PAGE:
Riboflavin carrier protein: a serum and tissue marker for breast carcinoma

Karande, Anjali A. ; Sridhar, Lakshmi ; Gopinath, K. S. ; Adiga, P. Radhakantha (2001) Riboflavin carrier protein: a serum and tissue marker for breast carcinoma International Journal of Cancer, 95 (5). pp. 277-281. ISSN 0020-7136

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Official URL: http://www3.interscience.wiley.com/journal/8400223...

Related URL: http://dx.doi.org/10.1002/1097-0215(20010920)95


We have earlier shown that the estrogen-modulated riboflavin carrier protein (RCP) first isolated from the chicken egg is evolutionarily conserved in mammals and is elaborated by lactating mammary gland as demonstrated with rat mammary epithelial cells in culture and confirmed by isolation of the vitamin carrier from bovine milk. In view of several earlier reports that many milk proteins as well as other estrogen-inducible proteins are up-regulated and secreted into circulation in animal models and in women with neoplastic breast disease, we analyzed serum RCP levels in a double-blind study using a specific radioimmunoassay in pre- and post-menopausal women with clinically diagnosed breast cancer at early and advanced stages of the disease and compared these levels with those in normal age-matched control volunteers. Our data reveal that the serum RCP levels in cycling breast cancer patients are 3- to 4-fold higher (p < 0.01) than those in their normal counterparts. This difference in circulatory RCP levels between cancer patients and their age-matched normal counterparts is further magnified to 9- to 11-fold (p < 0.005) at the post-menopausal stage. In addition, there seems to be a good correlation between rising RCP levels and disease progression, since significantly higher RCP concentrations (p < 0.005) are encountered in patients with advanced metastasizing breast cancer versus those with early disease. Using specific monoclonal antibodies, RCP could be localized immunohistochemically in the cytoplasm of invading neoplastic cells of lobular and ductal carcinomas of the breast, indicating that the malignant cells are probably the source of the elevated serum RCP levels in breast cancer. These findings suggest that measurement of circulatory RCP and the immunohistochemical staining pattern of RCP in biopsy specimens could be exploited as an additional marker in diagnosis/prognosis of breast cancer in women.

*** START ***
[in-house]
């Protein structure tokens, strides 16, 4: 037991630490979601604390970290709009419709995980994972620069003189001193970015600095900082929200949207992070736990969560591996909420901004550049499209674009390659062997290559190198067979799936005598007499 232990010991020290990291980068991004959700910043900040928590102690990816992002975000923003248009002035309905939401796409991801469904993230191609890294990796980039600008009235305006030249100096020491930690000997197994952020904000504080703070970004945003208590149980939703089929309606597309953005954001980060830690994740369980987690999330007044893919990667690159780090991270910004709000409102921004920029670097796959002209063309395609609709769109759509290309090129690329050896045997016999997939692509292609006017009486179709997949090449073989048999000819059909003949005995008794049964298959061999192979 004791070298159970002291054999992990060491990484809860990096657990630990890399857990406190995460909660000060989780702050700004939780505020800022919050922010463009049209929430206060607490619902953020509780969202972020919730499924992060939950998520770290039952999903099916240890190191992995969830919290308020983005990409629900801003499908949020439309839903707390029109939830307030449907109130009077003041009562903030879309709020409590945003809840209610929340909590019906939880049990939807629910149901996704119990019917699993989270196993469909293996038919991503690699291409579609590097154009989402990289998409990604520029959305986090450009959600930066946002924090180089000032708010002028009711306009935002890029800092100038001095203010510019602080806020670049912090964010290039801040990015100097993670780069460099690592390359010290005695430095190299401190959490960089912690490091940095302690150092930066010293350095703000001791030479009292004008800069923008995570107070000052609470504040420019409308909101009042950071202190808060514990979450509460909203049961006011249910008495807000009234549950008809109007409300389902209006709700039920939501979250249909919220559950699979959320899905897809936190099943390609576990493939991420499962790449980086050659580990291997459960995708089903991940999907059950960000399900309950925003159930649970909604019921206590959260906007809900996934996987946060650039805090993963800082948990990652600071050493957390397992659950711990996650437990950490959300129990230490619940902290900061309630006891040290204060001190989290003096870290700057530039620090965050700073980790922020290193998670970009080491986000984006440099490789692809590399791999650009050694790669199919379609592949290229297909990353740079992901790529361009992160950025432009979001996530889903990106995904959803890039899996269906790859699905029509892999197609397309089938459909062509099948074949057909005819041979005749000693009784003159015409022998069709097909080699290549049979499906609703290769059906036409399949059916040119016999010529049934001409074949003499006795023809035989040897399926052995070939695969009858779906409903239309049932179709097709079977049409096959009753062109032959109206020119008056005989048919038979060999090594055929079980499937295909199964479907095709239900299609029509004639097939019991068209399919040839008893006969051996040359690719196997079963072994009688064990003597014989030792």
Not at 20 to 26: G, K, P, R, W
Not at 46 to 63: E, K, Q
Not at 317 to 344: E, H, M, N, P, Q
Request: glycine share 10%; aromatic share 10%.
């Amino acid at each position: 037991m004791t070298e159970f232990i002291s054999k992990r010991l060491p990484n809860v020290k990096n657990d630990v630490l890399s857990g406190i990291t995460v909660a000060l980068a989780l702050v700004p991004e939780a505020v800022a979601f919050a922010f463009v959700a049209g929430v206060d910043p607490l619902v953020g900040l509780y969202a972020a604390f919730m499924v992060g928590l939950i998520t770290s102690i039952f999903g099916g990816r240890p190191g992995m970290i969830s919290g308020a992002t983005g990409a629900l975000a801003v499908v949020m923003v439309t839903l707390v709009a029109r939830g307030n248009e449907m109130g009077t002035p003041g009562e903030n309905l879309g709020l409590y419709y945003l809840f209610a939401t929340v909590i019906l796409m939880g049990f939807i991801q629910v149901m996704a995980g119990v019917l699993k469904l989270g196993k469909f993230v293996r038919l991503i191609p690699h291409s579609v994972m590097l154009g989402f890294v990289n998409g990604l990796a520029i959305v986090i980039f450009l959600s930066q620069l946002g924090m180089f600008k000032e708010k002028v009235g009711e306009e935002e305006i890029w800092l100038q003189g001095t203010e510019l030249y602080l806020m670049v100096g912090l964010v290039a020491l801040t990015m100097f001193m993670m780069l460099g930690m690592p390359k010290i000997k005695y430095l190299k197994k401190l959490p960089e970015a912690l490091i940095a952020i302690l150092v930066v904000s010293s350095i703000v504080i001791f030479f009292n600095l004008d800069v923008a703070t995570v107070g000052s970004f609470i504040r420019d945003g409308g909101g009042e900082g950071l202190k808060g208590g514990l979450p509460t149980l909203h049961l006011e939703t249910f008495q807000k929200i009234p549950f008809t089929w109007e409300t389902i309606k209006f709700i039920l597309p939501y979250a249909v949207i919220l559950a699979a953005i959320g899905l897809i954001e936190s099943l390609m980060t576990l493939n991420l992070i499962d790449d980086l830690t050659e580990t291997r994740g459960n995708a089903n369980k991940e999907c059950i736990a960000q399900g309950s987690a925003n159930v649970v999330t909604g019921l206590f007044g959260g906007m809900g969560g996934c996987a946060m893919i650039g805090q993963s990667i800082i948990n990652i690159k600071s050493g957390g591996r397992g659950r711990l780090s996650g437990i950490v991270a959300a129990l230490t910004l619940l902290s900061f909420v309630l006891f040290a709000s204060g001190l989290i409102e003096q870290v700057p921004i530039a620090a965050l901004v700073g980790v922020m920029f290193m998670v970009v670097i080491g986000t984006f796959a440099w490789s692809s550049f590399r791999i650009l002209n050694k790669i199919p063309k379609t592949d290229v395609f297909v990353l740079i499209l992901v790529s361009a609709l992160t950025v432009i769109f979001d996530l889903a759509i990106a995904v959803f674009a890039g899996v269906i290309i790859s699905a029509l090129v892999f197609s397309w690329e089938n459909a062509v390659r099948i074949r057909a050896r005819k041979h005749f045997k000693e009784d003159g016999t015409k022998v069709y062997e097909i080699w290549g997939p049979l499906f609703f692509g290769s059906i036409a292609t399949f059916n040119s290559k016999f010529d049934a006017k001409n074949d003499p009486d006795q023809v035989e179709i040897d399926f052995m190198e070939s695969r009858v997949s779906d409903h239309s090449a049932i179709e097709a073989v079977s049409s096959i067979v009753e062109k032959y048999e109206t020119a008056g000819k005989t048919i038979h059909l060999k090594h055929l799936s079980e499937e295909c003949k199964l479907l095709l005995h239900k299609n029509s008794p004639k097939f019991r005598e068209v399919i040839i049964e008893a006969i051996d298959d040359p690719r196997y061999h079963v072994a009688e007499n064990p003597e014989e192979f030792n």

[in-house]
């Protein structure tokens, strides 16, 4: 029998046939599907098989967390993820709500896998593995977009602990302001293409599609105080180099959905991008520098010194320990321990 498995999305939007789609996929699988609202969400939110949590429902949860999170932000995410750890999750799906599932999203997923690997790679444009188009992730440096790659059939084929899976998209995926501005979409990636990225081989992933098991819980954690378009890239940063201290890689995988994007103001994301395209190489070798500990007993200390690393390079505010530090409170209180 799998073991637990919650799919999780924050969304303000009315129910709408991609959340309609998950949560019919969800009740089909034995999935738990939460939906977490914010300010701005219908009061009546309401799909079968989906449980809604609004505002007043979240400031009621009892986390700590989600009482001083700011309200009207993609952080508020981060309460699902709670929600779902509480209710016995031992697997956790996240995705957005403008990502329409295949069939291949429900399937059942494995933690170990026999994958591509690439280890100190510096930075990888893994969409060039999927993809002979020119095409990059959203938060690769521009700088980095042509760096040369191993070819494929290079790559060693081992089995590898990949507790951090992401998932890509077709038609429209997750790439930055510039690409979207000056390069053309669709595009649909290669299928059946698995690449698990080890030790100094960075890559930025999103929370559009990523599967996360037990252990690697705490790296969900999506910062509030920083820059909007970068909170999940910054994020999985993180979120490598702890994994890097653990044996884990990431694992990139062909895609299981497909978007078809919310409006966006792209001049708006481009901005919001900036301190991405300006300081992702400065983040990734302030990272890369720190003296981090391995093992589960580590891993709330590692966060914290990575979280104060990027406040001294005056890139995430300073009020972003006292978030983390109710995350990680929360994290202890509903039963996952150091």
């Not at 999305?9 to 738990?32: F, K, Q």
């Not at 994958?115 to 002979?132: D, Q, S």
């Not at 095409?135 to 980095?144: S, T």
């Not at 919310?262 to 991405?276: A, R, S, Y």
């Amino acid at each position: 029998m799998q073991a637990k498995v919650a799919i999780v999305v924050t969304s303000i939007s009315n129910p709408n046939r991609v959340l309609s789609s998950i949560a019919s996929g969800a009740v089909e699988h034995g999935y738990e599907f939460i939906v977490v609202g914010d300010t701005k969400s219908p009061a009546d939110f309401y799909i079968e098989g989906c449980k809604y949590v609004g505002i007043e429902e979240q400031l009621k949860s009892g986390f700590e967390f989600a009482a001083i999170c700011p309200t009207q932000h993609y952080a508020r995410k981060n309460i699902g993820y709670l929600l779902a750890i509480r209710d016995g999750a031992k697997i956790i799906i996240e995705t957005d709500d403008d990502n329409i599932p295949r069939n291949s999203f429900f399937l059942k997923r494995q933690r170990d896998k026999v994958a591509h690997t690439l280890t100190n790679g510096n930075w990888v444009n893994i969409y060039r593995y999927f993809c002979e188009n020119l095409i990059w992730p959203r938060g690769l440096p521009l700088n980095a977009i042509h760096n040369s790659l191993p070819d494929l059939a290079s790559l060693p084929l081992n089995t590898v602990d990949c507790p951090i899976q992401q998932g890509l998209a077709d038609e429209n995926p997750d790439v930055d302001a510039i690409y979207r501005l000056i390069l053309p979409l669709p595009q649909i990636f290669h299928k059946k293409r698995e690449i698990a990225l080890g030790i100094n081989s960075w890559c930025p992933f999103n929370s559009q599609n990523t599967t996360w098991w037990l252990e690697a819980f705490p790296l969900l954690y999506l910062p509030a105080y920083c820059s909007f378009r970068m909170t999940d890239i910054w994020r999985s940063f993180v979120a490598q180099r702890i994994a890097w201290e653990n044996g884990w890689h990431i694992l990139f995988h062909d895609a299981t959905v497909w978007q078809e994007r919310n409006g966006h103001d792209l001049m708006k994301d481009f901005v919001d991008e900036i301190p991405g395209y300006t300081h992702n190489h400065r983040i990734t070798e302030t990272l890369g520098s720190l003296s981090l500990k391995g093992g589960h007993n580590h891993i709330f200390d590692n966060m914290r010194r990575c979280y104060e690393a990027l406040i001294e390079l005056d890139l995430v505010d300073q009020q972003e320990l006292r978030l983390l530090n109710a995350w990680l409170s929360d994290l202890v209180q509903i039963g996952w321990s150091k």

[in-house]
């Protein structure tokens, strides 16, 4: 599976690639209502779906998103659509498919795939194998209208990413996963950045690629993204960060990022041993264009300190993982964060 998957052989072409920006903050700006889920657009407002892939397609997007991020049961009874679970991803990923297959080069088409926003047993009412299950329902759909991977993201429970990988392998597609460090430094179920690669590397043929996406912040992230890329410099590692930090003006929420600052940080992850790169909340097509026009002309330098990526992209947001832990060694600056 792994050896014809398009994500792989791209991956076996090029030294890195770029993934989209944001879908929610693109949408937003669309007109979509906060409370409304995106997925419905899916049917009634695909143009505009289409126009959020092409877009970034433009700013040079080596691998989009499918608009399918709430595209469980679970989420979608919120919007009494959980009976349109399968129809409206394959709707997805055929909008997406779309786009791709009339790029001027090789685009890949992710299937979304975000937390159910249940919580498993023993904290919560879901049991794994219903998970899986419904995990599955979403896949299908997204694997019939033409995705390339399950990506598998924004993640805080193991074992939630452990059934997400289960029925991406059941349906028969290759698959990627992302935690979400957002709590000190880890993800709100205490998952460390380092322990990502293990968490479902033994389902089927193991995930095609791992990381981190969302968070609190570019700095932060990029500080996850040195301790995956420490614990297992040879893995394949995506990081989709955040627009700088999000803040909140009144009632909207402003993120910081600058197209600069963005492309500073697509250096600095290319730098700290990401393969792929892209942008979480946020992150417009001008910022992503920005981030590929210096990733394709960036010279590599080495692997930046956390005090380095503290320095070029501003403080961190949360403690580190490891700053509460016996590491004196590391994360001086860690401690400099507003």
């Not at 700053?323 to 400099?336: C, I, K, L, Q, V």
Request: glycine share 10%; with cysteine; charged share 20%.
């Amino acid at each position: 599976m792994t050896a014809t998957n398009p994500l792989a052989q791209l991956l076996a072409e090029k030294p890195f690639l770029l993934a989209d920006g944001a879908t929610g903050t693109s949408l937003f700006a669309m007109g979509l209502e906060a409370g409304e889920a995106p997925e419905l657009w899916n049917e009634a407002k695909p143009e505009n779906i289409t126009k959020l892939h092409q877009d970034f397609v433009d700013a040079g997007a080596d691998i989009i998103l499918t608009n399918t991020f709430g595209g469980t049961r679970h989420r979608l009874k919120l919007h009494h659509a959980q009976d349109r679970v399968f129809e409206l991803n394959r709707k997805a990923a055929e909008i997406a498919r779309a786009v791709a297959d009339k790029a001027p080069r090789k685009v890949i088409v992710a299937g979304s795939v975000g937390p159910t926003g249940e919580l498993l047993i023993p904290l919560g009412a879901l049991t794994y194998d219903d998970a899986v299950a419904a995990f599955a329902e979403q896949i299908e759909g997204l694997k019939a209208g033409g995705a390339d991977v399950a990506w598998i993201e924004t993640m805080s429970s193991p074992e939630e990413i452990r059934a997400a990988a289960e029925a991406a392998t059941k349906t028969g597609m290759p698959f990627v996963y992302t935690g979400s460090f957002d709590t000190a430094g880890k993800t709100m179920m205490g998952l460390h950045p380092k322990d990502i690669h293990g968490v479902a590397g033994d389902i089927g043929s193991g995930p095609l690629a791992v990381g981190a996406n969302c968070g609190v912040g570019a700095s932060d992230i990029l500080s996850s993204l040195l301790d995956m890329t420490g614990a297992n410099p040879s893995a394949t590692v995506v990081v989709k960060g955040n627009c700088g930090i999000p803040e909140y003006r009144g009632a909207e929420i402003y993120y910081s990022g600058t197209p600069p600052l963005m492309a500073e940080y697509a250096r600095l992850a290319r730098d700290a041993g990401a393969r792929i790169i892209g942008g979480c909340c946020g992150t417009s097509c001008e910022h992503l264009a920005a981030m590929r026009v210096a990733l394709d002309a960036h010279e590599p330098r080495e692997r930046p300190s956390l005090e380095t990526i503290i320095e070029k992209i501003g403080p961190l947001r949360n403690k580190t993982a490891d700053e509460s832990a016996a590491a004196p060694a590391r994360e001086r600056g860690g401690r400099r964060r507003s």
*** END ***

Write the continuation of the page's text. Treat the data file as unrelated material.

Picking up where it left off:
Item Type:Article
Source:Copyright of this article belongs to John Wiley and Sons, Inc.
Keywords:Riboflavin Carrier Protein; Radioimmunoassay; Serum; Stage-dependent; Immunohistochemical Localization; Pre- and Post-menopausal
ID Code:26782
Deposited On:08 Dec 2010 13:12
Last Modified:17 May 2016 10:05

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